Introduction to Pharmacology

Introduction to Pharmacology
Ed Bilsky, Ph.D.
Department of Pharmacology
University of New England
What is Pharmacology?
• Pharmacology is the study of what drugs do and
how they do it
– toxicology is a related field that deals with the
undesirable effects of chemicals on living systems,
from the cellular level up to whole ecosystems
• A knowledge of pharmacology is essential for
using drugs safely and effectively in therapy
• Pharmacology has had, and continues to have, an
enormous impact on society
Study: Old drugs might give TB a 1-2 punch
Feb 26, 2009
WASHINGTON (AP) - Scientists might have found a way to deal drug-resistant tuberculosis a one-two
punch using two old, safe antibiotics - and studies in ill patients could begin later this year.
TB is one of the world's oldest killers, and the lung disease still claims the lives of more than 1.5 million
people globally every year. The bacteria that cause TB are fast becoming impervious to many
treatments, drug resistance that is seen worldwide but is a particular problem in parts of Asia and Africa.
While typically the TB doesn't respond to two top treatments, an emerging threat is so-called extensively
drug-resistant disease, or XDR-TB, that is virtually untreatable by remaining options.
So researchers are frantically hunting new approaches, including taking a fresh look at some old drugs.
The combo: Clavulanate to drop TB's shield, plus a long-sold injected antibiotic - meropenem, part of
that penicillin-style family - that then attacks the bacteria.
What happens in a lab doesn't necessarily work in people. Still, the findings were so compelling that two
teams of U.S. researchers - from the National Institutes of Health and New York's Montefiore Medical
Center - already are planning small patient studies in South Korea and South Africa. They hope to begin
those studies later this year.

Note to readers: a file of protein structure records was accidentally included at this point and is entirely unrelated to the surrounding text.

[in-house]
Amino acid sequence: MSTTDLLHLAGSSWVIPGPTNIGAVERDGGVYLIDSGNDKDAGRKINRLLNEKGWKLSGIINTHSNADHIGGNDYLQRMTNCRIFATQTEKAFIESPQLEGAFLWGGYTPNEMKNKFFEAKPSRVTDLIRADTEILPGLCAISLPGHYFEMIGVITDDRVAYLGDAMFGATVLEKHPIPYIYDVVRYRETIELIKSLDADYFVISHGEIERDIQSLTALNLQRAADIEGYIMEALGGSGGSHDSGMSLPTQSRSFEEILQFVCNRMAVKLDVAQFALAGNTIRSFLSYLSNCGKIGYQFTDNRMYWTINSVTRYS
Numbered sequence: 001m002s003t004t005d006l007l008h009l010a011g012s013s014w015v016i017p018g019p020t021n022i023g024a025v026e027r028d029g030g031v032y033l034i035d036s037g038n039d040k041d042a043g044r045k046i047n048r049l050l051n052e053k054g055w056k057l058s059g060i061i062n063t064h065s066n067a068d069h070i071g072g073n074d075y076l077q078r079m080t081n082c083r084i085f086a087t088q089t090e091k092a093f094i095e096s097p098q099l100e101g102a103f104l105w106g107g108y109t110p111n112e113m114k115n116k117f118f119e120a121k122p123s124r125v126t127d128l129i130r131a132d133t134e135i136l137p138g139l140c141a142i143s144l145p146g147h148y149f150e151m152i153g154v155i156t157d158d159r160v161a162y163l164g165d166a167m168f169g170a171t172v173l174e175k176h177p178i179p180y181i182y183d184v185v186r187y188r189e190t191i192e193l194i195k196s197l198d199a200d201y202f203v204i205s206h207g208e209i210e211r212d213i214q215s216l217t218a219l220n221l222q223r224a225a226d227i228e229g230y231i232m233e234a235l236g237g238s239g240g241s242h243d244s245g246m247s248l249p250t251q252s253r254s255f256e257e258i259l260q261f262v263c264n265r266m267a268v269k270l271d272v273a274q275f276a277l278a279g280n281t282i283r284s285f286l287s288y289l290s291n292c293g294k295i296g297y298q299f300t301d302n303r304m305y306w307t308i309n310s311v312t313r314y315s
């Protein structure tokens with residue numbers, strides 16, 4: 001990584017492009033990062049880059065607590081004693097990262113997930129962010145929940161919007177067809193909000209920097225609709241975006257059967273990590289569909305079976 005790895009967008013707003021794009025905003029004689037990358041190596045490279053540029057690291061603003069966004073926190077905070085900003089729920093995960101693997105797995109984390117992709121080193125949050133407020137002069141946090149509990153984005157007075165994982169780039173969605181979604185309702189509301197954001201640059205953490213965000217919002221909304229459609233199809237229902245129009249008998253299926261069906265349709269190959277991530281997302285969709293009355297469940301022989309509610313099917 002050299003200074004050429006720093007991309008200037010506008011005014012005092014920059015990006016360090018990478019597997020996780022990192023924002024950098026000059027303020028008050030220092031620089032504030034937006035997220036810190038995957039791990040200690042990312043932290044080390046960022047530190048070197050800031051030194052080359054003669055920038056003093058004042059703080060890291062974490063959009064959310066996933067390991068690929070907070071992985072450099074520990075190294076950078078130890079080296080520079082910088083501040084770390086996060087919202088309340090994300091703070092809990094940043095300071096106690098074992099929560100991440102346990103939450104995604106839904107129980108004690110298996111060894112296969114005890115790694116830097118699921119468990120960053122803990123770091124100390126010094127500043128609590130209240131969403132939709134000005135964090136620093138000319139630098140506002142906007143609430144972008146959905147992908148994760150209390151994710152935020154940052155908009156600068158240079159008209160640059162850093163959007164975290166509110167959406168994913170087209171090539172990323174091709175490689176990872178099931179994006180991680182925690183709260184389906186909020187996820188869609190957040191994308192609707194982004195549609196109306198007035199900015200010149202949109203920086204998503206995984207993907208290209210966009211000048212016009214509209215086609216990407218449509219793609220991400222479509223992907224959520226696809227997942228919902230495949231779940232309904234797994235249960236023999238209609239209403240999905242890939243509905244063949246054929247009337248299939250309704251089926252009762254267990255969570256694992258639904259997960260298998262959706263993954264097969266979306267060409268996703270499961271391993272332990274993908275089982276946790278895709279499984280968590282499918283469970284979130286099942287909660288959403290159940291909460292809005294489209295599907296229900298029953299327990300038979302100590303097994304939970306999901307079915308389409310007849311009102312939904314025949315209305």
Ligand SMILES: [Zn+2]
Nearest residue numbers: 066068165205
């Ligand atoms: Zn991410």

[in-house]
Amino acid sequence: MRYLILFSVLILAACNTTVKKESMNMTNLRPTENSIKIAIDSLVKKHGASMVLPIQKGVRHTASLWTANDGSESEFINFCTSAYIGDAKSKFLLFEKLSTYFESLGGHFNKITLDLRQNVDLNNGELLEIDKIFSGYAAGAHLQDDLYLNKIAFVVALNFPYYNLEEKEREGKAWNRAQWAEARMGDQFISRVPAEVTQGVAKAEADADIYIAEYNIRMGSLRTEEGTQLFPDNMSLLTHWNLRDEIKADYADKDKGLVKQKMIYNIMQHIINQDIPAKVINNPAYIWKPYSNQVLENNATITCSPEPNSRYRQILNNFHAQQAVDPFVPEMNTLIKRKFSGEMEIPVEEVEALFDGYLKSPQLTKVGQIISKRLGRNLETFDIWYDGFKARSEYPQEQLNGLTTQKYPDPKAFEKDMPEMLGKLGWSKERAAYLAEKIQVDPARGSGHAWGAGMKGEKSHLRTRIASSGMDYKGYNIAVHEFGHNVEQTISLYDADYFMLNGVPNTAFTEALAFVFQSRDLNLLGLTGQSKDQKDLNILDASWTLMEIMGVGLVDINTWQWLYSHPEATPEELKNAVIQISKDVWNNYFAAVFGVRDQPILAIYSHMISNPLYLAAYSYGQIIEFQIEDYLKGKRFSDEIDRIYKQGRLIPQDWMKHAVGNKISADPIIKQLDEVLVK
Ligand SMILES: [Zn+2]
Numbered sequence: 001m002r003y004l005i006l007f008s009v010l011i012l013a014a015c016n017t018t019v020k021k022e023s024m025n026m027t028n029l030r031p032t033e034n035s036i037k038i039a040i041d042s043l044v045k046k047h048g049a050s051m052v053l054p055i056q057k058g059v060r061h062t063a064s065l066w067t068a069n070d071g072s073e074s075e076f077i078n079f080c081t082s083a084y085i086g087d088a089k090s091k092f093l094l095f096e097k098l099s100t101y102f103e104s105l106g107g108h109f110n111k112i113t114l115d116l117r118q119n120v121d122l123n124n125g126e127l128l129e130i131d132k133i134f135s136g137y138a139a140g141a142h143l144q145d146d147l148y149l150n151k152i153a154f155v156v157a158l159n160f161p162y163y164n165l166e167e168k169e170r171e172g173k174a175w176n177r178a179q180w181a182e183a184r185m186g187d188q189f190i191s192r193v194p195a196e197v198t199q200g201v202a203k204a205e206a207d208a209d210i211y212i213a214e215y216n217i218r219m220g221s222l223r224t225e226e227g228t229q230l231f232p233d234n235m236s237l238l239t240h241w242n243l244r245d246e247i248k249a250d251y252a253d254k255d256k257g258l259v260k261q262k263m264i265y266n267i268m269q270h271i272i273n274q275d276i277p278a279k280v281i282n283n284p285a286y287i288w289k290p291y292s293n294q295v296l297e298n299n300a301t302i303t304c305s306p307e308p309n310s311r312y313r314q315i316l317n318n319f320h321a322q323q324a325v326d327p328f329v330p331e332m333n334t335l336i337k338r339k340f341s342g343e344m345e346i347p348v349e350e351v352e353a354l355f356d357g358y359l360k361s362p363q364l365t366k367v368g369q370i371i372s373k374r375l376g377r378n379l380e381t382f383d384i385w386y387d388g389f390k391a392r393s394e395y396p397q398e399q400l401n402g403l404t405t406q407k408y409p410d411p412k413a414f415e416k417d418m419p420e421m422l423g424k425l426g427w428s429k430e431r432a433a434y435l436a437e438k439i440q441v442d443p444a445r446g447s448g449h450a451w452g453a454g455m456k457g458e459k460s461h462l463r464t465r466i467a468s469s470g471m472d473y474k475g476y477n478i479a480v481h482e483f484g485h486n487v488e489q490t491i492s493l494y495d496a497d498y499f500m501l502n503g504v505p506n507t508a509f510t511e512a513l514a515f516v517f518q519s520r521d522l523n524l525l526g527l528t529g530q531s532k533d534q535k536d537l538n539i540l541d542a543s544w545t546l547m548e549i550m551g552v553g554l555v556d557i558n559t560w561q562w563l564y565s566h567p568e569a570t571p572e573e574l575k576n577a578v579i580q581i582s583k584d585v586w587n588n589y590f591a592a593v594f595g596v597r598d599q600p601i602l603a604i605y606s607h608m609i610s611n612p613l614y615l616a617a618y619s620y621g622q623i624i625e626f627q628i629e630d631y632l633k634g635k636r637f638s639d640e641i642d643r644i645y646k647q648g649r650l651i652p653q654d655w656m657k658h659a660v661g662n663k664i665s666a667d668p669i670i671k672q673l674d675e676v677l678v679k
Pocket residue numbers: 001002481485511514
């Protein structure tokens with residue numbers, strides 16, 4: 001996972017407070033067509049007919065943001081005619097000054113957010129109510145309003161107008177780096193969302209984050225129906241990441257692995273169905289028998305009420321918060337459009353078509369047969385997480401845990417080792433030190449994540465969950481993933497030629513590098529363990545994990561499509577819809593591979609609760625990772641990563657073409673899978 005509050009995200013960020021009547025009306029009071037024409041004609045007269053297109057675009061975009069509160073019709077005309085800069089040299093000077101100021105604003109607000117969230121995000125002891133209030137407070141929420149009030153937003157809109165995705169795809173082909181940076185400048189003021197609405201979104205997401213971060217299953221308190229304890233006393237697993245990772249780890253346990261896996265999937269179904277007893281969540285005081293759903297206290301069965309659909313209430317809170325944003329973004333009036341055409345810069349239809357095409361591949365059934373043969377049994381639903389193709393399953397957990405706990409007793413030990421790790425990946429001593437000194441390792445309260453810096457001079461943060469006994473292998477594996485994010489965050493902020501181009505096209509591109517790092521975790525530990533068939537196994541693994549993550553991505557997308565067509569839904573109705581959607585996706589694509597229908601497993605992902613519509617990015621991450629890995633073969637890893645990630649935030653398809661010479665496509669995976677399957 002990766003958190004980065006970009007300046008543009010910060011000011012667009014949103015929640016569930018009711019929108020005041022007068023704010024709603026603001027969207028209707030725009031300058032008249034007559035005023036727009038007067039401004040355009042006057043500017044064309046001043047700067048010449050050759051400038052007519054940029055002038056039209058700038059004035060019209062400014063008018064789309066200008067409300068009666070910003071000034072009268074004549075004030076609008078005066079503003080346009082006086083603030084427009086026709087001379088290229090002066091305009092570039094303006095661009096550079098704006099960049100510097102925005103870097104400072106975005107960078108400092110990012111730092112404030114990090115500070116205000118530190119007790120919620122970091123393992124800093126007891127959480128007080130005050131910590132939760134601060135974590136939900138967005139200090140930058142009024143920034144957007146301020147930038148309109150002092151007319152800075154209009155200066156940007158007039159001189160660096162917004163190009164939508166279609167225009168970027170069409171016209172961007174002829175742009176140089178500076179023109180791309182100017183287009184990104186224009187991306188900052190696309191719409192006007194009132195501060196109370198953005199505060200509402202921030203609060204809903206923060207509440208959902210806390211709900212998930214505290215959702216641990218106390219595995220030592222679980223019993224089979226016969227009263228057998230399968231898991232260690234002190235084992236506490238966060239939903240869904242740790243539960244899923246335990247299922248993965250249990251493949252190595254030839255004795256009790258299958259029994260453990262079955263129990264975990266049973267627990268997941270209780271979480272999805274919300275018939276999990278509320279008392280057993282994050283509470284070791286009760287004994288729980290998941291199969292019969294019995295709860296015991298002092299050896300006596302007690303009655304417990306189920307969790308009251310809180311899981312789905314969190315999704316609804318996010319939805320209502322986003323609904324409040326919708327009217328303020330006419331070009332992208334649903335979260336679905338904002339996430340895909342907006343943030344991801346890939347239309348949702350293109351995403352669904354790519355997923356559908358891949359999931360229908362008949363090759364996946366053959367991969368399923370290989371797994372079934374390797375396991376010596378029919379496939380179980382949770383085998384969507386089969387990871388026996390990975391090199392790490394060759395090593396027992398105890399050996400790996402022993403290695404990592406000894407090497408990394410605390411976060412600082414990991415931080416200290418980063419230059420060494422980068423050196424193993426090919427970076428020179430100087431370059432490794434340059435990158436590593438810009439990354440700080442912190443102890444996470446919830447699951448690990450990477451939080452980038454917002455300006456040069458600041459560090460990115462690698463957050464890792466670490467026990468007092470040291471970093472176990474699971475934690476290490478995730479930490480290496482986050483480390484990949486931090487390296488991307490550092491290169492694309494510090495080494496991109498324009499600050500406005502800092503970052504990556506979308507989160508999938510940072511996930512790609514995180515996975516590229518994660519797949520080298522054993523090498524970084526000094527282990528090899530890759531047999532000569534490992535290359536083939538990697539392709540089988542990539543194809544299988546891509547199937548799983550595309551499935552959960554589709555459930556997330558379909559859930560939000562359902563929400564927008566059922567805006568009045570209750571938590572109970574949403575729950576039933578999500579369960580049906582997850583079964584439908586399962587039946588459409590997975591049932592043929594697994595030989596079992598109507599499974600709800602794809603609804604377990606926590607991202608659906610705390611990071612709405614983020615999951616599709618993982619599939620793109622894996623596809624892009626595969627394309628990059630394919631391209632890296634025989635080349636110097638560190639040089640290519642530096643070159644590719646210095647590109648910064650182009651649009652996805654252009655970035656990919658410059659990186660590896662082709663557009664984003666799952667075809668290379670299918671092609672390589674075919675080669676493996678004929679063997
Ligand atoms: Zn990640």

• Pharmacodynamics is the study of the effects of the
drug on the organism
– Molecular mechanisms --> clinical response
– Includes therapeutic and toxic side-effects
• Pharmacokinetics relates drug dosing to drug
concentration at the site of action and elsewhere
– Described as “what the body does to the drug”
– Includes the processes of absorption, distribution, metabolism
and elimination
• Pharmacogenomics is the study of genetic differences in
individuals and how it impacts drug therapy
– influences both pharmacokinetics and pharmacodynamics
What is a Drug?
• Any chemical compound that may be used on or
administered to humans or animals as an aid in
the diagnosis, treatment or prevention of
disease or other abnormal condition, for the
relief of pain or suffering, or to control or
improve any physiological or pathological
• Any substance that brings about a change in
biological function through its chemical actions
Drug Nomenclature
Chemical name:
Generic name:
Trade name:
Street name:
dexies, speed
H 2N
CH 3
Drug Nomenclature
• Generic names may have common roots and
endings that provide clues to their use and
– diazepam, midazolam, lorazepam, alprazolam, etc.
– lidocaine, benzocaine, bupivacaine, procaine, etc.
• Copyrighted brand names are chosen to be
catchy, pleasing and easy to remember
– Valium, Lomotil, Propulsid
– naming does not follow a consistent pattern
We will typically use the generic name
Drug Classification
• Pharmacotherapeutic actions
– analgesics
• Pharmacological actions